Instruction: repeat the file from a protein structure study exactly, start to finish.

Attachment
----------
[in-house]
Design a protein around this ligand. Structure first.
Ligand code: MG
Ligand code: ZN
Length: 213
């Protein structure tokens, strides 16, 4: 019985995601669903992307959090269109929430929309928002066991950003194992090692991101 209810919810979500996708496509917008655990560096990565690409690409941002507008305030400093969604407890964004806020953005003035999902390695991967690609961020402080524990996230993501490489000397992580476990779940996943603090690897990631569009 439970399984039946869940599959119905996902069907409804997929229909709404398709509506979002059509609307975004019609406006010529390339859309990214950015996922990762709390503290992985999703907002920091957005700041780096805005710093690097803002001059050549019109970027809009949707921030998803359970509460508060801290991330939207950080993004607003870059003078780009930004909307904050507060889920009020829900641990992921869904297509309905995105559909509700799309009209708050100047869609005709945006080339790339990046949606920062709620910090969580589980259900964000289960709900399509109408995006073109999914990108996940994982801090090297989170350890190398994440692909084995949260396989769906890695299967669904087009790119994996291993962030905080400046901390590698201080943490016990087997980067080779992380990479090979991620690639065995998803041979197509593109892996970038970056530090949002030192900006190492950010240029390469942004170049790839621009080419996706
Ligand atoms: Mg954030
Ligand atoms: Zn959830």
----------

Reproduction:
[in-house]
Design a protein around this ligand. Structure first.
Ligand code: MG
Ligand code: ZN
Length: 213
């Protein structure tokens, strides 16, 4: 019985995601669903992307959090269109929430929309928002066991950003194992090692991101 209810919810979500996708496509917008655990560096990565690409690409941002507008305030400093969604407890964004806020953005003035999902390695991967690609961020402080524990996230993501490489000397992580476990779940996943603090690897990631569009 439970399984039946869940599959119905996902069907409804997929229909709404398709509506979002059509609307975004019609406006010529390339859309990214950015996922990762709390503290992985999703907002920091957005700041780096805005710093690097803002001059050549019109970027809009949707921030998803359970509460508060801290991330939207950080993004607003870059003078780009930004909307904050507060889920009020829900641990992921869904297509309905995105559909509700799309009209708050100047869609005709945006080339790339990046949606920062709620910090969580589980259900964000289960709900399509109408995006073109999914990108996940994982801090090297989170350890190398994440692909084995949260396989769906890695299967669904087009790119994996291993962030905080400046901390590698201080943490016990087997980067080779992380990479090979991620690639065995998803041979197509593109892996970038970056530090949002030192900006190492950010240029390469942004170049790839621009080419996706
Ligand atoms: Mg954030
Ligand atoms: Zn959830």